Just because you can, doesn't mean you should -- especially if you already promised not to.
There are many good reasons to keep your personal and business purchases separate, but it can be a little challenging to keep a clean line between your expenses when you have a small business, especially when it's a business of one.
As a sole proprietor who works from home, some of my personal purchases wind up as a part of my business life -- and vice versa. Is that new laptop solely for work, or will I end up doing a bit of personal shopping between meetings?
This issue can also rear its head when you're shopping with a business credit card. You may head to the office supply store to pick up printer paper for your day job, but why not get bonus rewards on toilet paper while you're there? After all, your fancy business credit card earns 5% back at the office supply store.
Most issuers have policies prohibiting personal purchases
Putting personal expenses on your business credit cards can be a headache -- in more ways than one. Not only could it complicate things at tax time, but many card issuers have policies against mixing business and pleasure.
In fact, if you read the fine print on the application for a business credit card, you'll typically see something like this:
"I certify, understand and agree that: 1) This is a business account which shall be used only for business purposes and not personal, family or household purposes…"
While the above quote is from a Chase business credit card application, rest assured that you'll find similar lines in applications for American Express, Capital One, and just about every other major card issuer. Essentially, before you even receive your new business credit card, you've acknowledged that it's against the issuer's policy to use that card for personal purchases.
The potential consequences
So, what are the actual ramifications for breaking the issuer's no-personal-purchases policy? Well, it depends a lot on how obvious you're being.
In most cases, it's not that easy for an issuer to tell personal and business purchases apart. In the earlier example of buying toilet paper from the office supply store, the issuer likely won't know what, exactly, you purchased. Even if it does, it probably doesn't know whether you're working from home or an office, so the issuer can't immediately tell if your office supply store visit was for your business or your family.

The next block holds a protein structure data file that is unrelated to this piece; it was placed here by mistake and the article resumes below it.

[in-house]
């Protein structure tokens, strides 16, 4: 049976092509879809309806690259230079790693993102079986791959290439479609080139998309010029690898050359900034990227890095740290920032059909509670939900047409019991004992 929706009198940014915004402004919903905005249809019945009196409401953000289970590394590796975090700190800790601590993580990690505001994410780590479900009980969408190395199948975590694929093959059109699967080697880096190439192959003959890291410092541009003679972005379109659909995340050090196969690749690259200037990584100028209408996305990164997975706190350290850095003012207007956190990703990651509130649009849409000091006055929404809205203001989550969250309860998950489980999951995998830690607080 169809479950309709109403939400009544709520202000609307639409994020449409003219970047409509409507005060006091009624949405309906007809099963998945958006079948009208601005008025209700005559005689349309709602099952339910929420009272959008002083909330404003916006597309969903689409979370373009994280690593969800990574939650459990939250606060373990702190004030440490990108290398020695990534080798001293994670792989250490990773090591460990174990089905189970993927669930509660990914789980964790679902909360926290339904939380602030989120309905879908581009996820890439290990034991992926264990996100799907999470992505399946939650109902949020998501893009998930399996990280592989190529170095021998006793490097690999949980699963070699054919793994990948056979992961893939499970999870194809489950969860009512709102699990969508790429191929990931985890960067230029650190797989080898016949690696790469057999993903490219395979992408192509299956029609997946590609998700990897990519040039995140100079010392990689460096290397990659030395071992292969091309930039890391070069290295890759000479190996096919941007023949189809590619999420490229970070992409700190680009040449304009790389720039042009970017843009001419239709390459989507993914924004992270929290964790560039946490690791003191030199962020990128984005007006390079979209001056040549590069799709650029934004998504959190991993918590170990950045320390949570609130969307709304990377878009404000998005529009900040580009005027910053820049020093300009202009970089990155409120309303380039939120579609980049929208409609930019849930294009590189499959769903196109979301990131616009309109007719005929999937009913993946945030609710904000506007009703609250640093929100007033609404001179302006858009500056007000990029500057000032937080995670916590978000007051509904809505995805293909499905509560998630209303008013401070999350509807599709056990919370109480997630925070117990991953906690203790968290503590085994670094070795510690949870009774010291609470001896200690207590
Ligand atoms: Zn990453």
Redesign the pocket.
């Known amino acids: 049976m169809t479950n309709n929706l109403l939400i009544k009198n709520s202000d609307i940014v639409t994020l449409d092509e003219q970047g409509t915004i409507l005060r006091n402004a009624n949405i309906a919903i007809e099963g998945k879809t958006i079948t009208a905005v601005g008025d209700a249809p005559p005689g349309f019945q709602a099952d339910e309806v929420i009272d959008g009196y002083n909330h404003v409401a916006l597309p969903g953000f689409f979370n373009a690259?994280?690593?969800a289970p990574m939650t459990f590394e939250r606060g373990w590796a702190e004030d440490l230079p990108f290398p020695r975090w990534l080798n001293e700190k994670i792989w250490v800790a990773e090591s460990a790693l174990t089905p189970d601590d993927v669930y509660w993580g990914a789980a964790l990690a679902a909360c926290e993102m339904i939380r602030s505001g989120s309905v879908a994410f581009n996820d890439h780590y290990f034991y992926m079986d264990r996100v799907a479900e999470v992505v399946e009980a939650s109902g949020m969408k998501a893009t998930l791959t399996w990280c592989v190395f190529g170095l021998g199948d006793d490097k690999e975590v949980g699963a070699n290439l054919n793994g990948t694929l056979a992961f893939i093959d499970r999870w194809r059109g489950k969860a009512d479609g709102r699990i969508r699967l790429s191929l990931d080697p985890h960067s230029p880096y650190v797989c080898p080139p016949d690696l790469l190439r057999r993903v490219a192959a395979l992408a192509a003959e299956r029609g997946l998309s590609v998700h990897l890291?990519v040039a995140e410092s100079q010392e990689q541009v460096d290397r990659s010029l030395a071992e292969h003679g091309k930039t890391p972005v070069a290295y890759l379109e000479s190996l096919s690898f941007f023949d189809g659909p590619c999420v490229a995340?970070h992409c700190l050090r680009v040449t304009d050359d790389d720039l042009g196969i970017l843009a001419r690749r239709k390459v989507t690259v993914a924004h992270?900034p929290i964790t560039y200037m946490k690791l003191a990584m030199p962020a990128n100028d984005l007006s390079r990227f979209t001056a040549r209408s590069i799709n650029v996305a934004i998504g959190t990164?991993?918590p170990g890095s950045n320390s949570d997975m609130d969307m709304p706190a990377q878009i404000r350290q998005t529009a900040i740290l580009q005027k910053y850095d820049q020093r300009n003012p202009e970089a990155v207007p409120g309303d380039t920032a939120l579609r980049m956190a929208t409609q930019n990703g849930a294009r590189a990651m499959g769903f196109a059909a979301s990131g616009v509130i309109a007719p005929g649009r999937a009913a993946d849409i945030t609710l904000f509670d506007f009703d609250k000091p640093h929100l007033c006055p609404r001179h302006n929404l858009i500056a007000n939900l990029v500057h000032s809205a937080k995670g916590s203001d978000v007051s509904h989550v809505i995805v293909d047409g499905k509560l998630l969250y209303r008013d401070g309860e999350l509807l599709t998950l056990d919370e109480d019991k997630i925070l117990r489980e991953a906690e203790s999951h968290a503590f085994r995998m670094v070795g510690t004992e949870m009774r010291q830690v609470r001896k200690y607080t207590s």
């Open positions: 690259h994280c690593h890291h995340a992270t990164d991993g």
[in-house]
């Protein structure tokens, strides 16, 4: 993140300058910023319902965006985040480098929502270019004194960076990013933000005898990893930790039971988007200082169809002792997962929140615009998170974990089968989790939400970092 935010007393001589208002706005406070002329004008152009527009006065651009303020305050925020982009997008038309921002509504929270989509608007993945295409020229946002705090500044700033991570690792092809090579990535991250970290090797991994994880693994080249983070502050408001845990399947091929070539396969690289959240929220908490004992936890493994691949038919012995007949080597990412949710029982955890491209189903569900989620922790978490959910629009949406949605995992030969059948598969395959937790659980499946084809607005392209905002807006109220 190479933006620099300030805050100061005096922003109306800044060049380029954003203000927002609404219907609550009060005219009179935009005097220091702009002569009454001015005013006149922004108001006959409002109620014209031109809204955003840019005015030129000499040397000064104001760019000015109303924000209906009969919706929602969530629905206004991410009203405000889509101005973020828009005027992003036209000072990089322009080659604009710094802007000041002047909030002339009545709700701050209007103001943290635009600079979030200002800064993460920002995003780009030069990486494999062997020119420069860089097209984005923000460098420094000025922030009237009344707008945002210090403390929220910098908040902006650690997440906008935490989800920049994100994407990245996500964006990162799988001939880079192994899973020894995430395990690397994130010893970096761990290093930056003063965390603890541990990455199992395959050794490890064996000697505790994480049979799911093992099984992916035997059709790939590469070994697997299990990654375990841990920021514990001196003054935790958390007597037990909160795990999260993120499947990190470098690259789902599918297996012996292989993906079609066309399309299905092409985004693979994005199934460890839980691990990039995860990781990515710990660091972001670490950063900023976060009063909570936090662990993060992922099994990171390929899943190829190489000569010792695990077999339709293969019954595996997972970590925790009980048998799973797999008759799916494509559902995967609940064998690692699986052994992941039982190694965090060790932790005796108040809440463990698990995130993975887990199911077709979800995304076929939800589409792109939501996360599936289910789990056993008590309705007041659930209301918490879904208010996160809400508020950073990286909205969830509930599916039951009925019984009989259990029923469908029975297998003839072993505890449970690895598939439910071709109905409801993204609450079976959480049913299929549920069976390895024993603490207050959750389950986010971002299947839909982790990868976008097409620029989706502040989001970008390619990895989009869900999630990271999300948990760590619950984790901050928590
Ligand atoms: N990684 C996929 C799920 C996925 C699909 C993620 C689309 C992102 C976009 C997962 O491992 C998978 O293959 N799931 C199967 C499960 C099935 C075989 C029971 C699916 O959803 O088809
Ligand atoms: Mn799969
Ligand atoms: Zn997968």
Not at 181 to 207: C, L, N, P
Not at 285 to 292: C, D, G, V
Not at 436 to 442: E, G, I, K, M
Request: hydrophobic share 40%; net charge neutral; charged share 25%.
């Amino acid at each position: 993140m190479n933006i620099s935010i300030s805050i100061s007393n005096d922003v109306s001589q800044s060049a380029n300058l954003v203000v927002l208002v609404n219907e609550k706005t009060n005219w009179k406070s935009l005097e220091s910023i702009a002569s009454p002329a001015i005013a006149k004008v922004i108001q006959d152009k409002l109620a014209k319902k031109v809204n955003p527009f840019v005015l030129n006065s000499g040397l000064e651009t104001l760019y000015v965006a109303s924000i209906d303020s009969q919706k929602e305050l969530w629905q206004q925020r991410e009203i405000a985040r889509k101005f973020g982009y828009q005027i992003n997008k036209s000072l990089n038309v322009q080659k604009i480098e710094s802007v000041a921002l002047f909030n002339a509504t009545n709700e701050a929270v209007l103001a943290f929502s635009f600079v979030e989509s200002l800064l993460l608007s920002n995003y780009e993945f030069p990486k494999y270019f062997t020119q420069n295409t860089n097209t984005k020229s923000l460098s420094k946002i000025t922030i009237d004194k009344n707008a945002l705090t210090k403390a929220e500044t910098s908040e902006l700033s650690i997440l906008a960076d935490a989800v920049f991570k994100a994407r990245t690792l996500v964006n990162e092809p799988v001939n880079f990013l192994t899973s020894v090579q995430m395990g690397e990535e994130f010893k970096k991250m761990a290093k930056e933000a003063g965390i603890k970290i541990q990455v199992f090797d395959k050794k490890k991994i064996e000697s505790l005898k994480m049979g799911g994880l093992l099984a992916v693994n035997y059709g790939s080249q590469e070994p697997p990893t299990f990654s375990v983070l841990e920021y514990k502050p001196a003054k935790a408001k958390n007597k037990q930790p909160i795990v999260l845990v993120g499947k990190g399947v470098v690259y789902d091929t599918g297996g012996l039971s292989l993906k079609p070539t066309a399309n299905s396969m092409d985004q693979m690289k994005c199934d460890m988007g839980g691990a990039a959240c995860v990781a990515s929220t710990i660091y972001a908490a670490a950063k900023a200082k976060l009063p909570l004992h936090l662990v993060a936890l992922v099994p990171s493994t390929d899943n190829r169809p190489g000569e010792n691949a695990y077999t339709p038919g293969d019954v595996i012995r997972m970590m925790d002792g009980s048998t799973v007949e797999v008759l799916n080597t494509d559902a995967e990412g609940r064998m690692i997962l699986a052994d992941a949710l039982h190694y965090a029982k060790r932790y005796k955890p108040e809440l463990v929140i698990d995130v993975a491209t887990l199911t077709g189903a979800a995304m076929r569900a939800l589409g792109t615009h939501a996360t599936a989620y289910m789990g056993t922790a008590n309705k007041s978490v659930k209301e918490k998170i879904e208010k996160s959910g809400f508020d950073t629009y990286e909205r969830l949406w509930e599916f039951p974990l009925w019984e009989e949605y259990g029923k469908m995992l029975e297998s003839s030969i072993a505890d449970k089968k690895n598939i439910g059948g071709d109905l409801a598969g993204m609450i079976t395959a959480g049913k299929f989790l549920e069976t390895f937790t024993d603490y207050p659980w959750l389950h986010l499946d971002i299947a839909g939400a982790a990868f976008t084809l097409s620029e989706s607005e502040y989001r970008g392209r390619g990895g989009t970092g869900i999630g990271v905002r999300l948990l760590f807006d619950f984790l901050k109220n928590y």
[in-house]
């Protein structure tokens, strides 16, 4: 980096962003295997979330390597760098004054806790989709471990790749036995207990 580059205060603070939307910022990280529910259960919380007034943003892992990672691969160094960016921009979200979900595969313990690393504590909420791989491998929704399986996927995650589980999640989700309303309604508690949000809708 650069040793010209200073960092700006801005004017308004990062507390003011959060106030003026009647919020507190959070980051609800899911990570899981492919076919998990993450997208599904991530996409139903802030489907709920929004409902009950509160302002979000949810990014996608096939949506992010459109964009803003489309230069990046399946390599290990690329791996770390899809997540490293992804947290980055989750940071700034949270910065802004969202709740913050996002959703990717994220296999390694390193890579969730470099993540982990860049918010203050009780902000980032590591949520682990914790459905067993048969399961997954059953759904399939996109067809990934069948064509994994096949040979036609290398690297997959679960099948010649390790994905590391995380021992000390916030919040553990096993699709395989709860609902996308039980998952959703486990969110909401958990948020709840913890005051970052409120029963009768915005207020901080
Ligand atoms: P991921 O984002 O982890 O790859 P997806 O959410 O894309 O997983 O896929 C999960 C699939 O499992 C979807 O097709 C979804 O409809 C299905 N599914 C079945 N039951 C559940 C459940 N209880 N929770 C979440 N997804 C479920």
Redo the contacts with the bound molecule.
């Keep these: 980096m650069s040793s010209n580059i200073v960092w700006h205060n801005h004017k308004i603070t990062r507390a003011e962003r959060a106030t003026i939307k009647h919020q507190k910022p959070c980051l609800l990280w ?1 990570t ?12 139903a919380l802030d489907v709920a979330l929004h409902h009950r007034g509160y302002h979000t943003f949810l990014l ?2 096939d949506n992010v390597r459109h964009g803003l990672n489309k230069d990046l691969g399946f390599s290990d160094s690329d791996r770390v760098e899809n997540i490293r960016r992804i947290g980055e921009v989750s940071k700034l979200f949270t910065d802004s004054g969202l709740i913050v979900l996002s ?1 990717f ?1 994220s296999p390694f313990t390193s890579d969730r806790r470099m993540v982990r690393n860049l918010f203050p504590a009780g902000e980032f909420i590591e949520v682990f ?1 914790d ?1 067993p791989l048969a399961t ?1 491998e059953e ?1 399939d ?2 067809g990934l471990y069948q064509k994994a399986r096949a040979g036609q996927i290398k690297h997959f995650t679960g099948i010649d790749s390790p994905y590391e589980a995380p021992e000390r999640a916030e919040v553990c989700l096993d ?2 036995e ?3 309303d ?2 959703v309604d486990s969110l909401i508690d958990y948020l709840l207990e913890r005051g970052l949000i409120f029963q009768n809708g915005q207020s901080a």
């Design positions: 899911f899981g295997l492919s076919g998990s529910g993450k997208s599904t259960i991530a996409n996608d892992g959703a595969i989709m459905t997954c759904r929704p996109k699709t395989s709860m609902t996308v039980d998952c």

That said, some types of personal purchases could be obvious. It's very unlikely that your sole proprietorship has a legitimate business need for a trip to Disneyland for four -- so that would probably set off some red flags.
If your business credit card issuer determines that you've been abusing its card policies, it could very well decide to close your account. Since issuers have full discretion over who they lend to (and for how long), that closure could come without warning or the opportunity to appeal. You may even lose any rewards you've earned along the way.
The bottom line
At the end of the day, the answer to whether you can put personal purchases on a business credit card is: You technically can -- but you shouldn't.
While issuers have a hard time telling the difference between personal expenses and legitimate business purchases, they don't need a case that could hold up in court to cancel your credit card. You agreed to use the card only for business needs when you signed up, so even a suspicion that you're doing something you shouldn't could end up with a closed account and lost rewards.
Additionally, there's often limited benefit to putting a personal purchase on a business credit card. With the possible exception of office supply stores, you'll likely get much better rewards for most personal purchases by using an appropriate consumer rewards credit card than you would using a business card.
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